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Alysun Deckert, clinical nutrition manager at UW Medical Center – Montlake, started running when she was 10 years old. Her dad was a high school cross-country and track coach in Kansas, and Deckert grew up running with the high schoolers on his team.

“In the summers, his team would meet in our driveway at 6:30 a.m. and we would go on a run to get doughnuts, or we would do a watermelon run in the evening,” says Deckert.

From a young age, exercise, nutrition and fun were intertwined into her health philosophy, which she brought to her work as a dietitian at UW Medicine in 1994.

The starting line

Motivated by her work helping transplant patients with their dietary needs, she wanted to do more to encourage patients to exercise.

“Wellness and prevention start over after your transplant,” says Deckert. “And most transplant recipients feel a sense of commitment to their organ donors and they want to take care of themselves so they can enjoy their life with their new organ.”

She wanted to do something like Team in Training, a program that raises money for the Leukemia & Lymphoma Society while training for a destination race. And why not make that destination right here in Seattle.

In 2001, Deckert started Team Transplant, a group that promotes the importance of physical activity in the transplant community and fitness in the workplace by training for the Seattle Half Marathon.

“From a big-picture perspective, Team Transplant is a great way to share the message that transplants work and that recipients and living donors can live active, productive and vital lives,” says Deckert.

The team

Starting with just five transplant patients, Team Transplant now averages 50 to 60 team members each season, 20 to 25 of whom have received transplants.

team transplant photo 2001

The first Team Transplant, 2001.

The team isn’t limited to just recipients of transplants. Patients, their families, UW Medicine employees and even living organ donors join the race.

Everyone shows up for different reasons.

“For patients, I think it’s the feeling of community,” says Deckert. “For employees, especially if you work on an acute care floor, you sometimes only see patients who are really having a hard time and it’s easy to lose sight of all the good — Team Transplant is a great reminder that there are patients who do really well and you never see back in the hospital again.”

The training

“My patients like to joke that I come in right after a surgery and say, ‘You are going to do a half marathon,’” says Deckert. “Although that’s not exactly how it happens, I do tell them, ‘Don’t be afraid to start where you are. Just because you can’t do something now, doesn’t mean you can’t ever do it. That’s what the training is for — to get you where you want to go.’”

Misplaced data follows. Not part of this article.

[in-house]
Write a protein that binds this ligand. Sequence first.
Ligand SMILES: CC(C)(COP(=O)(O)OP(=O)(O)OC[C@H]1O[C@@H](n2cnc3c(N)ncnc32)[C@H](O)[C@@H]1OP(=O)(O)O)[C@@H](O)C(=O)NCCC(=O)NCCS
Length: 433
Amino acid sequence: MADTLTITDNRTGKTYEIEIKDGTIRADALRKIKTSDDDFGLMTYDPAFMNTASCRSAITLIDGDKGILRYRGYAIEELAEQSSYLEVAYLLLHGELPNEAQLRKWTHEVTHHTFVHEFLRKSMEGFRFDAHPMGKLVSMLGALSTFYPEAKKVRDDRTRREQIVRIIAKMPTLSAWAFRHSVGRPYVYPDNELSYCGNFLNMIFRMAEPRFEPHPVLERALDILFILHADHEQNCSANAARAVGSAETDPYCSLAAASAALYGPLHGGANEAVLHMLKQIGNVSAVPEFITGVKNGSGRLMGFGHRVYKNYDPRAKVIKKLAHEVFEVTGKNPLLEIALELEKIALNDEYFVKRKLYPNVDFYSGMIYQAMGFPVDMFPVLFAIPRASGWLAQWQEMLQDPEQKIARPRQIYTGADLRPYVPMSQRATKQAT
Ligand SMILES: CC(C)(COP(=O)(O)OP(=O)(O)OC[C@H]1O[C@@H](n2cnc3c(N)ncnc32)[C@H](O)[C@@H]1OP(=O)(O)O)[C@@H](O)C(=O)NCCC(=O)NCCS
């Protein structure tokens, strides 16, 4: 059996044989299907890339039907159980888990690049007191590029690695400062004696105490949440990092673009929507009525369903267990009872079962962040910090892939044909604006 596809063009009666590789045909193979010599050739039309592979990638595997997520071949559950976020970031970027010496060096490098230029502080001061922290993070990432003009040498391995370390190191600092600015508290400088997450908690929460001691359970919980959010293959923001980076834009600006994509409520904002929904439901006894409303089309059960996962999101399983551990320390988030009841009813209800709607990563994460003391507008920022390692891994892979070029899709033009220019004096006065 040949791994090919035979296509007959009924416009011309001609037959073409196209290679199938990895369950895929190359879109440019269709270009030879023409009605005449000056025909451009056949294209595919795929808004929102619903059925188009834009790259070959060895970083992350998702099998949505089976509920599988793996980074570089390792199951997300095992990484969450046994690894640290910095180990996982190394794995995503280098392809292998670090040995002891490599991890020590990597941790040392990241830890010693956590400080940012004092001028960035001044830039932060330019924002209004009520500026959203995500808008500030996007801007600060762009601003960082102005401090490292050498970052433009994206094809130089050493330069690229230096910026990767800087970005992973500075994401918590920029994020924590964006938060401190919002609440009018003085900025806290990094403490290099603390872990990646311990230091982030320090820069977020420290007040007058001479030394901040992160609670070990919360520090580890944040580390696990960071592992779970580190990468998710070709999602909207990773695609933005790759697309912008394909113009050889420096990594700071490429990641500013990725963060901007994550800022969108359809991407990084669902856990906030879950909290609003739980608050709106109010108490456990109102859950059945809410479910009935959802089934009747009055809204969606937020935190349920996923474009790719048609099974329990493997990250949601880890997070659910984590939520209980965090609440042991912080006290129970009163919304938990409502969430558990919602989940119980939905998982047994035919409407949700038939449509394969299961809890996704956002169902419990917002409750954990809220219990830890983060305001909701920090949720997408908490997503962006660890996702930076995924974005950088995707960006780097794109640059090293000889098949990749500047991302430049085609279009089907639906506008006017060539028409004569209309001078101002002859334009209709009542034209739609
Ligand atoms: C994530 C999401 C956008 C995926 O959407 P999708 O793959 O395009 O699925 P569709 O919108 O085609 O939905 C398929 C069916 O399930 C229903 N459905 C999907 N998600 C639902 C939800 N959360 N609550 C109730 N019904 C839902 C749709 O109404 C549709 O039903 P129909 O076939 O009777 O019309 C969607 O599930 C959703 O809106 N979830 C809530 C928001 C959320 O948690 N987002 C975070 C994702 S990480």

Every year Team Transplant has two 16-week training seasons that each culminate with a half marathon. Participants are given a training schedule at the beginning of the season with workout milage recommendations based on their current level of fitness.

The team, led by Deckert, meets at a different location every Saturday morning, running anywhere from Alki Beach to Kirkland.

Working toward the half marathon provides a goal to keep participants on track and motivated while being centered on fun, community-based training.

As a former competitive runner, qualifying for the Olympic trials multiple times, Deckert knows the ups and downs of training: what it’s like to push yourself to get the time you want and how to come back from injuries. It’s what makes her a great coach.

This year, with COVID-19, Saturday morning training meetups are now warmups via Zoom.

Deckert says it’s more social than anything, but it keeps people motivated and engaged.

The race

At the end of the 16-week training program, the participants run and walk the Seattle Half Marathon; some even do the full.

The 2020 virtual Seattle Marathon and Half took place on Nov. 29. Participants planned and ran their own route and recorded their times via an app.

Although the virtual marathon didn’t have the same sense of comradery and all the cheering Seattleites, Deckert says it’s more about the journey and realizing what your body can do.

“It isn’t about doing the half marathon, it’s about making exercise a part of your life and your routine,” says Deckert.

The 20 (year) mile-marker

Over the past 20 years, Deckert has seen amazing outcomes and inspiring stories.

“A liver transplant participant with a significant history of depression told me running with Team Transplant totally changed his life, and there was the heart transplant recipient running for their donor who had died while training for the Seattle Marathon,” says Deckert. “Another patient with low blood pressure stopped every few miles to check in with the medics for clearance to continue — and he completed the full marathon.”

There are more stories like this than she can count, and that’s why this year is meaningful — 20 years of positive outcomes and friendships.

“We have built a close community,” says Deckert. “Over the past 20 years, I have had the privilege of getting to know a lot of people and develop a broader understanding of what the patients we work with are going through and what they can do.”

Deckert says exercise and diet are not “cure-alls,” but add in the sense of community and a bit of fun, which help you have the foundation and support you need to get through whatever treatment or transition you are going through.

Want to join Team Transplant?